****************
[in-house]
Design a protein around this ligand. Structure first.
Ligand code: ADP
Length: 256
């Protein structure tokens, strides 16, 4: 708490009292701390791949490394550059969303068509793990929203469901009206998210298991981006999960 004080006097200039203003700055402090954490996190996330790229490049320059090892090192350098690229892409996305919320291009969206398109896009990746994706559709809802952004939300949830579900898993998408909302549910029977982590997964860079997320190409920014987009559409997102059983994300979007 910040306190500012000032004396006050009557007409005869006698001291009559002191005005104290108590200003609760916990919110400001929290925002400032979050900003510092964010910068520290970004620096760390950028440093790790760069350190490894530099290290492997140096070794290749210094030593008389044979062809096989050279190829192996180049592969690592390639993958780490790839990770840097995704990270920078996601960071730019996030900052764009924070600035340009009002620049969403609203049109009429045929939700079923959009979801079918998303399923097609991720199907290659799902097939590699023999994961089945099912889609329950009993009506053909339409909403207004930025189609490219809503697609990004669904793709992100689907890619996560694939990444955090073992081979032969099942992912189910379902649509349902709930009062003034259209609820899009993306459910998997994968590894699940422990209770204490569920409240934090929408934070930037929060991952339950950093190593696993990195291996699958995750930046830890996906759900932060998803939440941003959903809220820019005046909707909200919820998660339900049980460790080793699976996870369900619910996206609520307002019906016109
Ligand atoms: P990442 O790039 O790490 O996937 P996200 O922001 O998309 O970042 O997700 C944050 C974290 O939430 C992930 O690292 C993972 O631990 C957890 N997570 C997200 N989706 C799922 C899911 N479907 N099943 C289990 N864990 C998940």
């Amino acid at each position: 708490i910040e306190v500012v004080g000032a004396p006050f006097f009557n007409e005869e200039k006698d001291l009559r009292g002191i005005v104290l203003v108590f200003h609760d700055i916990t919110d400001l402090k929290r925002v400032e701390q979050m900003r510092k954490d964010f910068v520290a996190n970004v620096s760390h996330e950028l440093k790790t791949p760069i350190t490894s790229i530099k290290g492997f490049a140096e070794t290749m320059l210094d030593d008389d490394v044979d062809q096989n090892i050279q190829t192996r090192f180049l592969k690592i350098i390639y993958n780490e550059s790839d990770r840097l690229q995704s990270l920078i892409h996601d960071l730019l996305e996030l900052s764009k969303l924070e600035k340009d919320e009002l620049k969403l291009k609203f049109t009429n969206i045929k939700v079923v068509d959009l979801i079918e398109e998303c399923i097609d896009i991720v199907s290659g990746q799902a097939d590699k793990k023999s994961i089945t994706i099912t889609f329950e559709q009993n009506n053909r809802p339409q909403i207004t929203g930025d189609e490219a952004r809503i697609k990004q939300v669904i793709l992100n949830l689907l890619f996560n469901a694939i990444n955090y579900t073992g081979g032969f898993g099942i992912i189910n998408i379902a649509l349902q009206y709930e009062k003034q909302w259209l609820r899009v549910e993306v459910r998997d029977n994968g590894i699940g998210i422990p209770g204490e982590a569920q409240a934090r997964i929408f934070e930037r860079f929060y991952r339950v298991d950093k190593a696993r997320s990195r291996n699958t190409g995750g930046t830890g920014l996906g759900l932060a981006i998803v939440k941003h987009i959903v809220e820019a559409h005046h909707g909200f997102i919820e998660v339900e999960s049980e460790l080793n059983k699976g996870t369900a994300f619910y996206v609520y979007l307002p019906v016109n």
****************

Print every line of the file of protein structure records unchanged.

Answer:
[in-house]
Design a protein around this ligand. Structure first.
Ligand code: ADP
Length: 256
């Protein structure tokens, strides 16, 4: 708490009292701390791949490394550059969303068509793990929203469901009206998210298991981006999960 004080006097200039203003700055402090954490996190996330790229490049320059090892090192350098690229892409996305919320291009969206398109896009990746994706559709809802952004939300949830579900898993998408909302549910029977982590997964860079997320190409920014987009559409997102059983994300979007 910040306190500012000032004396006050009557007409005869006698001291009559002191005005104290108590200003609760916990919110400001929290925002400032979050900003510092964010910068520290970004620096760390950028440093790790760069350190490894530099290290492997140096070794290749210094030593008389044979062809096989050279190829192996180049592969690592390639993958780490790839990770840097995704990270920078996601960071730019996030900052764009924070600035340009009002620049969403609203049109009429045929939700079923959009979801079918998303399923097609991720199907290659799902097939590699023999994961089945099912889609329950009993009506053909339409909403207004930025189609490219809503697609990004669904793709992100689907890619996560694939990444955090073992081979032969099942992912189910379902649509349902709930009062003034259209609820899009993306459910998997994968590894699940422990209770204490569920409240934090929408934070930037929060991952339950950093190593696993990195291996699958995750930046830890996906759900932060998803939440941003959903809220820019005046909707909200919820998660339900049980460790080793699976996870369900619910996206609520307002019906016109
Ligand atoms: P990442 O790039 O790490 O996937 P996200 O922001 O998309 O970042 O997700 C944050 C974290 O939430 C992930 O690292 C993972 O631990 C957890 N997570 C997200 N989706 C799922 C899911 N479907 N099943 C289990 N864990 C998940």
């Amino acid at each position: 708490i910040e306190v500012v004080g000032a004396p006050f006097f009557n007409e005869e200039k006698d001291l009559r009292g002191i005005v104290l203003v108590f200003h609760d700055i916990t919110d400001l402090k929290r925002v400032e701390q979050m900003r510092k954490d964010f910068v520290a996190n970004v620096s760390h996330e950028l440093k790790t791949p760069i350190t490894s790229i530099k290290g492997f490049a140096e070794t290749m320059l210094d030593d008389d490394v044979d062809q096989n090892i050279q190829t192996r090192f180049l592969k690592i350098i390639y993958n780490e550059s790839d990770r840097l690229q995704s990270l920078i892409h996601d960071l730019l996305e996030l900052s764009k969303l924070e600035k340009d919320e009002l620049k969403l291009k609203f049109t009429n969206i045929k939700v079923v068509d959009l979801i079918e398109e998303c399923i097609d896009i991720v199907s290659g990746q799902a097939d590699k793990k023999s994961i089945t994706i099912t889609f329950e559709q009993n009506n053909r809802p339409q909403i207004t929203g930025d189609e490219a952004r809503i697609k990004q939300v669904i793709l992100n949830l689907l890619f996560n469901a694939i990444n955090y579900t073992g081979g032969f898993g099942i992912i189910n998408i379902a649509l349902q009206y709930e009062k003034q909302w259209l609820r899009v549910e993306v459910r998997d029977n994968g590894i699940g998210i422990p209770g204490e982590a569920q409240a934090r997964i929408f934070e930037r860079f929060y991952r339950v298991d950093k190593a696993r997320s990195r291996n699958t190409g995750g930046t830890g920014l996906g759900l932060a981006i998803v939440k941003h987009i959903v809220e820019a559409h005046h909707g909200f997102i919820e998660v339900e999960s049980e460790l080793n059983k699976g996870t369900a994300f619910y996206v609520y979007l307002p019906v016109n």